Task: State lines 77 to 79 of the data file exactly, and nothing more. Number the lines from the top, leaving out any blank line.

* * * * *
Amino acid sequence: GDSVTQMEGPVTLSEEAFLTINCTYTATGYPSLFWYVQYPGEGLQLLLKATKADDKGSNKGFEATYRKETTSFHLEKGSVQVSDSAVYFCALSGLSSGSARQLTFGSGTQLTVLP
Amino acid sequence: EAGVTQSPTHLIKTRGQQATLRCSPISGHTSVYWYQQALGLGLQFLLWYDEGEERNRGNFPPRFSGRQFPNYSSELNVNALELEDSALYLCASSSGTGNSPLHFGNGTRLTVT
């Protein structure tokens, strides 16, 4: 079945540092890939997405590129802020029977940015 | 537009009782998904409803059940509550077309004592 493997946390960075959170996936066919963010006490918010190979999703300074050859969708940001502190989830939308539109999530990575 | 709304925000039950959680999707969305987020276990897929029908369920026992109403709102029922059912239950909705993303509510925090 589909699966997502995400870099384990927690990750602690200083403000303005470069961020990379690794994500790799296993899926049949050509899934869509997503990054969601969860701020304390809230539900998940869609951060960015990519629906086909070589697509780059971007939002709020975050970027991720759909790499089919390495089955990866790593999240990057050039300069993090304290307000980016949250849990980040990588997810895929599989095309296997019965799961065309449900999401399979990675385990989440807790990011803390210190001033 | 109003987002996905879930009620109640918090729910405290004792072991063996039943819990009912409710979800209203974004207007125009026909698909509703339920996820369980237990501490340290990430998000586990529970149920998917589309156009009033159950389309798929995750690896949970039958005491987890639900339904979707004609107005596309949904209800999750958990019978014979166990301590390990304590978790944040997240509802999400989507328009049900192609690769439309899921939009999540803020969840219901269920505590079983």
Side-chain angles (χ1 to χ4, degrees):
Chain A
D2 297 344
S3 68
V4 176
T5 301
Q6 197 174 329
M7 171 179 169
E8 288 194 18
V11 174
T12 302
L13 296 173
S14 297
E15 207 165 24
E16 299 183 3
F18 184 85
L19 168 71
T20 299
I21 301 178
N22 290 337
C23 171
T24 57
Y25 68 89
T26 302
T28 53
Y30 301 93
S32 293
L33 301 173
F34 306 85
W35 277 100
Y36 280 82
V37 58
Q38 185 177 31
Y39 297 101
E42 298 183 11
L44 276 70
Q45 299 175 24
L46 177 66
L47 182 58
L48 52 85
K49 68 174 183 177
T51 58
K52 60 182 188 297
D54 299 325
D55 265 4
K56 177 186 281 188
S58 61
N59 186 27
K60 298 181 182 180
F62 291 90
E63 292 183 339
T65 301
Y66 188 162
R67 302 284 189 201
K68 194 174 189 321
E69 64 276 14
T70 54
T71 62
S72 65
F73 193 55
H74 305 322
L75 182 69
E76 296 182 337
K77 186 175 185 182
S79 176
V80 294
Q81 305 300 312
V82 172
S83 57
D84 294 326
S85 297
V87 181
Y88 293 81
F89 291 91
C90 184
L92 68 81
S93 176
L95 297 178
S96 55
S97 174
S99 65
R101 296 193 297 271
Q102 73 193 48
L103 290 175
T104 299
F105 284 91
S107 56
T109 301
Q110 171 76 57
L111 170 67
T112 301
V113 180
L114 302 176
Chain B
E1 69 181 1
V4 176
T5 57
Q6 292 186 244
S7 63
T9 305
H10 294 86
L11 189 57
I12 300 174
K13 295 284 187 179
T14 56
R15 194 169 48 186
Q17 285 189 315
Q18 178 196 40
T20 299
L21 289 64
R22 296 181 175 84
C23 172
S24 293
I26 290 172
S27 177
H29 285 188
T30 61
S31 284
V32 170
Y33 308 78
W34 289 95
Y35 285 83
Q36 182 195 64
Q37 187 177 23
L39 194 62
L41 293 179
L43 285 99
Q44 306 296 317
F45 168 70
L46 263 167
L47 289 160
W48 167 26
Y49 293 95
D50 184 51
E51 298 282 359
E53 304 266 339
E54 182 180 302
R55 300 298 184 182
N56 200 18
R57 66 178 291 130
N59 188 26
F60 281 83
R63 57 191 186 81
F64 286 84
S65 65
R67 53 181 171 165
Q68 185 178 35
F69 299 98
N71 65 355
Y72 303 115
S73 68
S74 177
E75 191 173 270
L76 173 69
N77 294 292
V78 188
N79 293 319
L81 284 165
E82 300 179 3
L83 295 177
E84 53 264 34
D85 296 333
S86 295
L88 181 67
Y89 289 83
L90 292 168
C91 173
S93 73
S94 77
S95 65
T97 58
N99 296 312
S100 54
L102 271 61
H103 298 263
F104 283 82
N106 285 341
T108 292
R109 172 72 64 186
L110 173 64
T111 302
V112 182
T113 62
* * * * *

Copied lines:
F89 291 91
C90 184
L92 68 81